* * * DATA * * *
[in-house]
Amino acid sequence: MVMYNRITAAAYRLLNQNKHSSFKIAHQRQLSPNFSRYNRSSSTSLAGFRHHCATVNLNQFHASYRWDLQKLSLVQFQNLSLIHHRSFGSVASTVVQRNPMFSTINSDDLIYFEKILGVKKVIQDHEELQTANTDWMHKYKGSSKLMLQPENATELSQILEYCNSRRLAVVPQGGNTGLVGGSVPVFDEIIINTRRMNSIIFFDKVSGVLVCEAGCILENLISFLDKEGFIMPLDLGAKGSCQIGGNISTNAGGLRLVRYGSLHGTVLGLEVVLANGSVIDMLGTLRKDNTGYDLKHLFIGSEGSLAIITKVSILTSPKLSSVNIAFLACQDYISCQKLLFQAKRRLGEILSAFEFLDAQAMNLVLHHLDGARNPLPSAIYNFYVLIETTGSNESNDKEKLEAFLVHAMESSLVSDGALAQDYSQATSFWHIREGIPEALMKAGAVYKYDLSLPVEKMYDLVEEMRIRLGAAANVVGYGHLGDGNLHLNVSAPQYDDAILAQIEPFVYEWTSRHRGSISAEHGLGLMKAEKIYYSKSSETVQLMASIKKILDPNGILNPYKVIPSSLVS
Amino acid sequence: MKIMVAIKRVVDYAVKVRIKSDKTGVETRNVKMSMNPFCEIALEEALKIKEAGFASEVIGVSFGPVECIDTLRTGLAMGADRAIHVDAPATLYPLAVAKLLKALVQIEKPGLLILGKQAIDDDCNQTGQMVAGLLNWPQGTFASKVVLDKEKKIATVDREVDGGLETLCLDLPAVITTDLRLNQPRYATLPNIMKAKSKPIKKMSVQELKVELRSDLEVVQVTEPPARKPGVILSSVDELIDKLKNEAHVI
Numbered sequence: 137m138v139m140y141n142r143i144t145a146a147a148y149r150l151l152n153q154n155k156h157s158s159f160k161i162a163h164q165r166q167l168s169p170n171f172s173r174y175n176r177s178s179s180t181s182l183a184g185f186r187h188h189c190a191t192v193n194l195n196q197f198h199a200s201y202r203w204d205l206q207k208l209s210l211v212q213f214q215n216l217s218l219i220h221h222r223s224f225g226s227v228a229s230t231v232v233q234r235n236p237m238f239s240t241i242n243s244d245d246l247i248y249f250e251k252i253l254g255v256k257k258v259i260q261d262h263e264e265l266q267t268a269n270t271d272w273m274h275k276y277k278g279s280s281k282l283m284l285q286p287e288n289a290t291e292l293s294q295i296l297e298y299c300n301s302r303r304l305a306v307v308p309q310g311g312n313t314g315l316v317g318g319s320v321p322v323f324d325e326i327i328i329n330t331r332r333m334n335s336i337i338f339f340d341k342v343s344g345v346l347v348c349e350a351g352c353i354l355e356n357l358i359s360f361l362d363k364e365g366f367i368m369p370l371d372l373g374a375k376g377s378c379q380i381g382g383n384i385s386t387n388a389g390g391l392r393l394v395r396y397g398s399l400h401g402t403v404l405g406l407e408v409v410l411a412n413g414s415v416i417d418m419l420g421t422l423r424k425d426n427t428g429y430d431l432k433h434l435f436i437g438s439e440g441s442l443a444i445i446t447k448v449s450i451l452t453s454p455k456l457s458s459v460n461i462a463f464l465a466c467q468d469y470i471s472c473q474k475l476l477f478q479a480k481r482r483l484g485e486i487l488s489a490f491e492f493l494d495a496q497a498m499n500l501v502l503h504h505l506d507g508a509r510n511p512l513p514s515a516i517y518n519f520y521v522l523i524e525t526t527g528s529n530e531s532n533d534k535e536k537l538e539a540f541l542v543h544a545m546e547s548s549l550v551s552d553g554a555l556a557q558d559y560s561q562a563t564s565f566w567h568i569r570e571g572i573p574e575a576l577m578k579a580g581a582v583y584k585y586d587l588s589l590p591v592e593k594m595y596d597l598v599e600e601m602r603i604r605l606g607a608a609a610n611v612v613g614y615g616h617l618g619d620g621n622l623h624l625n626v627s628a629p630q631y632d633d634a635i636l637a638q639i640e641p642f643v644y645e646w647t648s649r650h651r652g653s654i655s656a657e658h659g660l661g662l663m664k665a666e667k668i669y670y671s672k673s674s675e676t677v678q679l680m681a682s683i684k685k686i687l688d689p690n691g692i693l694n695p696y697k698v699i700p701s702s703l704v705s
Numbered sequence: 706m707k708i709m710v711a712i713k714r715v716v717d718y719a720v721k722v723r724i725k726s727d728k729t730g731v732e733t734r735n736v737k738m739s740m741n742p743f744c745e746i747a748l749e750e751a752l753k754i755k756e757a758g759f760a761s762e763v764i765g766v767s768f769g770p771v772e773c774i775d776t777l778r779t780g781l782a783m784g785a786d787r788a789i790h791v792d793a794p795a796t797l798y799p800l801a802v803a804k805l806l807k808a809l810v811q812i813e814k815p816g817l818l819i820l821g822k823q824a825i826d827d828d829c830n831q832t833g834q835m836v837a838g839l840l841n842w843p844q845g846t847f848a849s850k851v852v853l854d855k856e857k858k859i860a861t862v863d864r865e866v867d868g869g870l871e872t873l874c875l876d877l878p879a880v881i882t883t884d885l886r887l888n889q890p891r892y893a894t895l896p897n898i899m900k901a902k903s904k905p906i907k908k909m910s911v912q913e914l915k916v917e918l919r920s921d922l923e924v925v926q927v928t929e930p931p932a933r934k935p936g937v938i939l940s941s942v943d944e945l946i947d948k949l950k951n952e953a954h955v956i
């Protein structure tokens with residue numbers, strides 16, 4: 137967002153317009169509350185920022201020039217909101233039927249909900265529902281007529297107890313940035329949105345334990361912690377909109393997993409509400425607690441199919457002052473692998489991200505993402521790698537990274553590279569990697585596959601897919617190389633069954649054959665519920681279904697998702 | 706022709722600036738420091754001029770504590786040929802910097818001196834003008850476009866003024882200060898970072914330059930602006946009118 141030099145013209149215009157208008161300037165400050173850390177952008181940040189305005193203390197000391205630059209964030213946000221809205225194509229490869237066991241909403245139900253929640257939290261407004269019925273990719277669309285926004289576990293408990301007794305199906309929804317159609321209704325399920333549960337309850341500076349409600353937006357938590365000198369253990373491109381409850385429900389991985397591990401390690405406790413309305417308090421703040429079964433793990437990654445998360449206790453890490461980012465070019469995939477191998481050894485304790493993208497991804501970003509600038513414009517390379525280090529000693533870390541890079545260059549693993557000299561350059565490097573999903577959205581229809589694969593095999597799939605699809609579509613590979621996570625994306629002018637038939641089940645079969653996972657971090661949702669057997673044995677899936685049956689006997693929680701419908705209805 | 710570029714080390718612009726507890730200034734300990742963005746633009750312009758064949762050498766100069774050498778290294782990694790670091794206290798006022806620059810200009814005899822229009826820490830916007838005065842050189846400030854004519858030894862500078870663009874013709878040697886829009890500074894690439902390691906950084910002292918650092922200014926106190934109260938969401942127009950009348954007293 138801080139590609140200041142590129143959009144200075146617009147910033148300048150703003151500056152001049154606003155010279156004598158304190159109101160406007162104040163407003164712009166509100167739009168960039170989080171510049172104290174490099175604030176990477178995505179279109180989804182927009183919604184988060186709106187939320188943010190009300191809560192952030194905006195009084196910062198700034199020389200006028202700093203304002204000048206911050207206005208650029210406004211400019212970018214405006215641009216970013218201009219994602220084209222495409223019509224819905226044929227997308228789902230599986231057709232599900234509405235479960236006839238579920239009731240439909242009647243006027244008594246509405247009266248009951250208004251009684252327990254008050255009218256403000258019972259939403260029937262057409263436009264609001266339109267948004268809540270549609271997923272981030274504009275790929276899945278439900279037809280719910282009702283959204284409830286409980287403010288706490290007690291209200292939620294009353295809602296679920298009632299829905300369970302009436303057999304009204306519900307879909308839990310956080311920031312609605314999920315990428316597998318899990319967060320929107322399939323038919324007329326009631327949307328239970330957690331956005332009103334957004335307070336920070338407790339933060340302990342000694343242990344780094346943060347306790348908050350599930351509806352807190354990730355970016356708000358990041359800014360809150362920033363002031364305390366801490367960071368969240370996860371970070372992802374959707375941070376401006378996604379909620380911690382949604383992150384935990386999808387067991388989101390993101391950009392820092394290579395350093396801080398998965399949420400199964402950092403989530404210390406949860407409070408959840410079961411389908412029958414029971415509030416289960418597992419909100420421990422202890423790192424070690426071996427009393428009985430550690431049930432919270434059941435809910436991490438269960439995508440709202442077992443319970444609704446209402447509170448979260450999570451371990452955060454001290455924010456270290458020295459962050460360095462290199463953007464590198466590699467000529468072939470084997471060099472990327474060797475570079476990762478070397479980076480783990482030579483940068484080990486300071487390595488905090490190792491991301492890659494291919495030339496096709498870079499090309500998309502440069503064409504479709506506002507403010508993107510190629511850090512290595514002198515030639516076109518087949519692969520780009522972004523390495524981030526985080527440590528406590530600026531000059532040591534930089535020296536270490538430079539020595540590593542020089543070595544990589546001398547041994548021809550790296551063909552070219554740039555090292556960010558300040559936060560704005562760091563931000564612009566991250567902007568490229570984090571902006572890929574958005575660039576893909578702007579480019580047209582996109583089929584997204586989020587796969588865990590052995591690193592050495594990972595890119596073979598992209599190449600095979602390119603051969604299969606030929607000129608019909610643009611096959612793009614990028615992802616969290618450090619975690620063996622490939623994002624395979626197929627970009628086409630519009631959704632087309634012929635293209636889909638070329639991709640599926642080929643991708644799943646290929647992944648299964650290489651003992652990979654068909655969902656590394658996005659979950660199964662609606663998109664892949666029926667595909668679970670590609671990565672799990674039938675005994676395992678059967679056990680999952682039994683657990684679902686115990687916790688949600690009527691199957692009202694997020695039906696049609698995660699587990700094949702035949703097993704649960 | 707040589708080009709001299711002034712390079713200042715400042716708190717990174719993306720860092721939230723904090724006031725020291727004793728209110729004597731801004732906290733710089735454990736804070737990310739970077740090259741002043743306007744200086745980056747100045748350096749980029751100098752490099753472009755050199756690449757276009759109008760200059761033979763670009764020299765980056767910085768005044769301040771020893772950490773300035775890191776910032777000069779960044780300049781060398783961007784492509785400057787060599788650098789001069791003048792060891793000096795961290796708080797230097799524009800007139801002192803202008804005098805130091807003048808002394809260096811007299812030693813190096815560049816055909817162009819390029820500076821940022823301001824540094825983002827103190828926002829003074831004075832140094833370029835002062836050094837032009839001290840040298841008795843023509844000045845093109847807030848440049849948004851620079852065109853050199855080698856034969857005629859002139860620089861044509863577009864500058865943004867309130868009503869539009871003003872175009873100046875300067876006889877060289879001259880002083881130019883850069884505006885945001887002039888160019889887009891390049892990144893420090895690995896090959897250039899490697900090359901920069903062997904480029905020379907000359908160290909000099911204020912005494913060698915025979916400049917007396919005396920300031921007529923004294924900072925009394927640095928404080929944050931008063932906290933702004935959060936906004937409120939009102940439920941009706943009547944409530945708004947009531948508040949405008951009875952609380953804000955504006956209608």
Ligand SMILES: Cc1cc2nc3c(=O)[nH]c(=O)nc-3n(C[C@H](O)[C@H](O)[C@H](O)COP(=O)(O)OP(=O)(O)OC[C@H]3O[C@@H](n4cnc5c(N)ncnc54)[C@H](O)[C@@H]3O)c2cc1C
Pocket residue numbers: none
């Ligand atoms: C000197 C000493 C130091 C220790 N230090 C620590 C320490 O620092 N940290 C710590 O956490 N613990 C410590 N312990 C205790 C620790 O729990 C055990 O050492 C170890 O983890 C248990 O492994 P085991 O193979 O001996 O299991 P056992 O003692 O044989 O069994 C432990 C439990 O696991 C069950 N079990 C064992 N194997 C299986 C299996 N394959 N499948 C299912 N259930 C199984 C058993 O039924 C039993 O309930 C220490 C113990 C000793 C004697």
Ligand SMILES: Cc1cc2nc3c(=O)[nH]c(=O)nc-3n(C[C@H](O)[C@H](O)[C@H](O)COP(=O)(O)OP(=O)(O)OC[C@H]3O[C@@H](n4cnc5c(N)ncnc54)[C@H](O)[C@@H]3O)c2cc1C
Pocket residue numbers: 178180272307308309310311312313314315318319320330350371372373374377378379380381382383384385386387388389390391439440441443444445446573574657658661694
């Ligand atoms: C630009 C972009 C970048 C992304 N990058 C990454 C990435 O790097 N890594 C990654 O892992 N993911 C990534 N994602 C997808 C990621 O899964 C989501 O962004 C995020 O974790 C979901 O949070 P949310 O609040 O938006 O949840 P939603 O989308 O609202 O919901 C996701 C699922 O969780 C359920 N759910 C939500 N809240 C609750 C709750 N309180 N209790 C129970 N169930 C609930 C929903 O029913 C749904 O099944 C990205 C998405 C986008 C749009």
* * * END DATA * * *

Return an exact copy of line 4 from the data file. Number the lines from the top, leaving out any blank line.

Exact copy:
Numbered sequence: 137m138v139m140y141n142r143i144t145a146a147a148y149r150l151l152n153q154n155k156h157s158s159f160k161i162a163h164q165r166q167l168s169p170n171f172s173r174y175n176r177s178s179s180t181s182l183a184g185f186r187h188h189c190a191t192v193n194l195n196q197f198h199a200s201y202r203w204d205l206q207k208l209s210l211v212q213f214q215n216l217s218l219i220h221h222r223s224f225g226s227v228a229s230t231v232v233q234r235n236p237m238f239s240t241i242n243s244d245d246l247i248y249f250e251k252i253l254g255v256k257k258v259i260q261d262h263e264e265l266q267t268a269n270t271d272w273m274h275k276y277k278g279s280s281k282l283m284l285q286p287e288n289a290t291e292l293s294q295i296l297e298y299c300n301s302r303r304l305a306v307v308p309q310g311g312n313t314g315l316v317g318g319s320v321p322v323f324d325e326i327i328i329n330t331r332r333m334n335s336i337i338f339f340d341k342v343s344g345v346l347v348c349e350a351g352c353i354l355e356n357l358i359s360f361l362d363k364e365g366f367i368m369p370l371d372l373g374a375k376g377s378c379q380i381g382g383n384i385s386t387n388a389g390g391l392r393l394v395r396y397g398s399l400h401g402t403v404l405g406l407e408v409v410l411a412n413g414s415v416i417d418m419l420g421t422l423r424k425d426n427t428g429y430d431l432k433h434l435f436i437g438s439e440g441s442l443a444i445i446t447k448v449s450i451l452t453s454p455k456l457s458s459v460n461i462a463f464l465a466c467q468d469y470i471s472c473q474k475l476l477f478q479a480k481r482r483l484g485e486i487l488s489a490f491e492f493l494d495a496q497a498m499n500l501v502l503h504h505l506d507g508a509r510n511p512l513p514s515a516i517y518n519f520y521v522l523i524e525t526t527g528s529n530e531s532n533d534k535e536k537l538e539a540f541l542v543h544a545m546e547s548s549l550v551s552d553g554a555l556a557q558d559y560s561q562a563t564s565f566w567h568i569r570e571g572i573p574e575a576l577m578k579a580g581a582v583y584k585y586d587l588s589l590p591v592e593k594m595y596d597l598v599e600e601m602r603i604r605l606g607a608a609a610n611v612v613g614y615g616h617l618g619d620g621n622l623h624l625n626v627s628a629p630q631y632d633d634a635i636l637a638q639i640e641p642f643v644y645e646w647t648s649r650h651r652g653s654i655s656a657e658h659g660l661g662l663m664k665a666e667k668i669y670y671s672k673s674s675e676t677v678q679l680m681a682s683i684k685k686i687l688d689p690n691g692i693l694n695p696y697k698v699i700p701s702s703l704v705s